Jack Smith's essay bothered me. I'm 30 years old, and my contribution to our family income is the five house-cleaning jobs I do every week. In a society where essentially no one remains at home to carry on with "dreary and isolated drudgery," workers like myself are critically in demand and can command a respectable wage for our services.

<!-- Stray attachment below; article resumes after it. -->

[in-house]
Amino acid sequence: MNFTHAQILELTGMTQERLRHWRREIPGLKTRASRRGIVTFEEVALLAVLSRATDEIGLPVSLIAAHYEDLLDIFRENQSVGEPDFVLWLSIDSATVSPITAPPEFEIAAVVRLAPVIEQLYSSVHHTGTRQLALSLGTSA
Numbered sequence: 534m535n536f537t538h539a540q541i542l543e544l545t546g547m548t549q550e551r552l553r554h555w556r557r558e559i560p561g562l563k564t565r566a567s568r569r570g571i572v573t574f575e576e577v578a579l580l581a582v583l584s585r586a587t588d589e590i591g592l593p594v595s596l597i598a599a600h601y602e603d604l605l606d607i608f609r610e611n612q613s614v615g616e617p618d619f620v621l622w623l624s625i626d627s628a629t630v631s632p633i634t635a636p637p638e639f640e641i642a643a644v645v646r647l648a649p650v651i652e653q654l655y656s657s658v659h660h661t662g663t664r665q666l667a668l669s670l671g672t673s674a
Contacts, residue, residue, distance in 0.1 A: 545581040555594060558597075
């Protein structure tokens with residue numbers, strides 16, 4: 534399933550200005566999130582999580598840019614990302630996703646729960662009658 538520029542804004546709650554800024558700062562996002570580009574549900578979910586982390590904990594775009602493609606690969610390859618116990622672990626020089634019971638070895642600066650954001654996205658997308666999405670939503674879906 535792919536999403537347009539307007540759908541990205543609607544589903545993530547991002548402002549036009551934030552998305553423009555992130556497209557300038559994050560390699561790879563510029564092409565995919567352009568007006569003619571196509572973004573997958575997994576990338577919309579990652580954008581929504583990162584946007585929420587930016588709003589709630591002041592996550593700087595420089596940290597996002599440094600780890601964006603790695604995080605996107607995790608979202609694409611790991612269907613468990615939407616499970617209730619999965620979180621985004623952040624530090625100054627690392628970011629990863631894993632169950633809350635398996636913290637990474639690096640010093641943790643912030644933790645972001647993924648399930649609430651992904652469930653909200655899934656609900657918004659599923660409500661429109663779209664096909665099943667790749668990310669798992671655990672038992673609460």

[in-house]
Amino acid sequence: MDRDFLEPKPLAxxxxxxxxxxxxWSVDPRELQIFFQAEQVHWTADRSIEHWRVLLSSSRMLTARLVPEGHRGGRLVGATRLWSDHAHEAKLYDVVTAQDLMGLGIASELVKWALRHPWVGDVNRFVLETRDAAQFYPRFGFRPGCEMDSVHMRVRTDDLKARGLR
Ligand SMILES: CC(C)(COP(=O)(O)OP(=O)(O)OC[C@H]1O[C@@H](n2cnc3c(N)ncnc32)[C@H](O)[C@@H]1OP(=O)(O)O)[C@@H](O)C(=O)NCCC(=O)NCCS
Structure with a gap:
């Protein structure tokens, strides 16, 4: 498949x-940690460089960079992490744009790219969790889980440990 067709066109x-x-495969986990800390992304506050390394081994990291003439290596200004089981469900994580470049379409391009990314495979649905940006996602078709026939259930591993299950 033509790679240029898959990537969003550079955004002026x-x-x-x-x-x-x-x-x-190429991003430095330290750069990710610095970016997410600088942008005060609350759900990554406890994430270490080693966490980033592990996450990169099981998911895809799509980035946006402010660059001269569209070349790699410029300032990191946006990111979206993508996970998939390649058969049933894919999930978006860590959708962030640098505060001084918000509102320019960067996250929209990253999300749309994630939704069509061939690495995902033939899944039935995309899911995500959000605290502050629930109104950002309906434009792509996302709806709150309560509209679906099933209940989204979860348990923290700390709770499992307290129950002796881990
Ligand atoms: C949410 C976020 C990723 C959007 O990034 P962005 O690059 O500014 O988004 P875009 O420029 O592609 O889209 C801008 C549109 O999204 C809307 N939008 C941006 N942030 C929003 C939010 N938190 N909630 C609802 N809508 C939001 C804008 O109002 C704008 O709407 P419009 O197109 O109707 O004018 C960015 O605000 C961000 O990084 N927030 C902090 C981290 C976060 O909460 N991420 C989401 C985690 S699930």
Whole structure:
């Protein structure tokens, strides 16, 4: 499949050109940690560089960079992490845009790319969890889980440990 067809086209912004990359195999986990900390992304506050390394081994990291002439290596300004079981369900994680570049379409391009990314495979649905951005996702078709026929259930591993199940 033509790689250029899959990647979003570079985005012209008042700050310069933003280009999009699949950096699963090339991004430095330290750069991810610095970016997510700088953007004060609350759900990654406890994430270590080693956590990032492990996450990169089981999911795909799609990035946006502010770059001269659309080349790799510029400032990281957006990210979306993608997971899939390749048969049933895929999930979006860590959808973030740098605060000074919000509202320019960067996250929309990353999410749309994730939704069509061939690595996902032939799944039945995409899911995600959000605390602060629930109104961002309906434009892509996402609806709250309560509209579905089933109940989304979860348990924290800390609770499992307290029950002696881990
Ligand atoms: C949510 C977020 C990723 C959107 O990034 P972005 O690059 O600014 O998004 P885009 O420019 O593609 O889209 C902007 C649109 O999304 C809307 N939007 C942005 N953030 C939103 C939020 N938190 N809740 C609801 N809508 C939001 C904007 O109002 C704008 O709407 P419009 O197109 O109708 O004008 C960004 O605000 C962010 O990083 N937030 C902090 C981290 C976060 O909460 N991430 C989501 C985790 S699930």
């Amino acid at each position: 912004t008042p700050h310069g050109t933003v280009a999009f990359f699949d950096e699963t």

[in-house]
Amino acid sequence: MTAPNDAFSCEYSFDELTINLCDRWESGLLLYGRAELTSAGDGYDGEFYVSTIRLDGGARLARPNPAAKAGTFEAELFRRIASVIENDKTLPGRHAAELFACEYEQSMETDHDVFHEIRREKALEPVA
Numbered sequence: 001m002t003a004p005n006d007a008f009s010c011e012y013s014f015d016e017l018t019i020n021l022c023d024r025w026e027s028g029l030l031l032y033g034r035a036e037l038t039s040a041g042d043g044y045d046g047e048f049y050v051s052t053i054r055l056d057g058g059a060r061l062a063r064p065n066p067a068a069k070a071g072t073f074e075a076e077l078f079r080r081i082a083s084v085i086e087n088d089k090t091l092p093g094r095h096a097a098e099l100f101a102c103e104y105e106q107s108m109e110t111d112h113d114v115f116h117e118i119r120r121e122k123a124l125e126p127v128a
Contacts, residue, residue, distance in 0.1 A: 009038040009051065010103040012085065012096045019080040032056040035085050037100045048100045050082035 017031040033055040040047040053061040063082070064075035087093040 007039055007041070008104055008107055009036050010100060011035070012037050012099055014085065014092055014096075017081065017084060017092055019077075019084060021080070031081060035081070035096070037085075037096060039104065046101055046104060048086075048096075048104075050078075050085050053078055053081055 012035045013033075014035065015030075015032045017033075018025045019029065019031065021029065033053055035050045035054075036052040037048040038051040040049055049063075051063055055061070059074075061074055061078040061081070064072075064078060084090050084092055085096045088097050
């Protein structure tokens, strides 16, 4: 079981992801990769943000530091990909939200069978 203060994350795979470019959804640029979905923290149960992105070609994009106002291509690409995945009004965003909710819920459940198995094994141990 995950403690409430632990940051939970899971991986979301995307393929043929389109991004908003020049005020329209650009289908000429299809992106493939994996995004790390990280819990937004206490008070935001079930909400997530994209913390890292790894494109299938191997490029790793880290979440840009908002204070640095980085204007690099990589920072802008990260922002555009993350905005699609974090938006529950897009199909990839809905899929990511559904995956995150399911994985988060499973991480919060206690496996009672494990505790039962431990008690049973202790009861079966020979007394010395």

The sincere gratitude I receive from the working moms makes me a little sad; they often seem so frazzled when they get home. Their dependency on my service makes me feel guilty when I have to quit a job at their house. There may be some hard looking before they will find a trustworthy, responsible replacement to come into their home. But it's always easier for me to clean for a single person or a couple rather than a family of four. If I have to let a client go because of my own time constraints, families are the first to go. It seems like a tough approach, but I'm running a business, after all.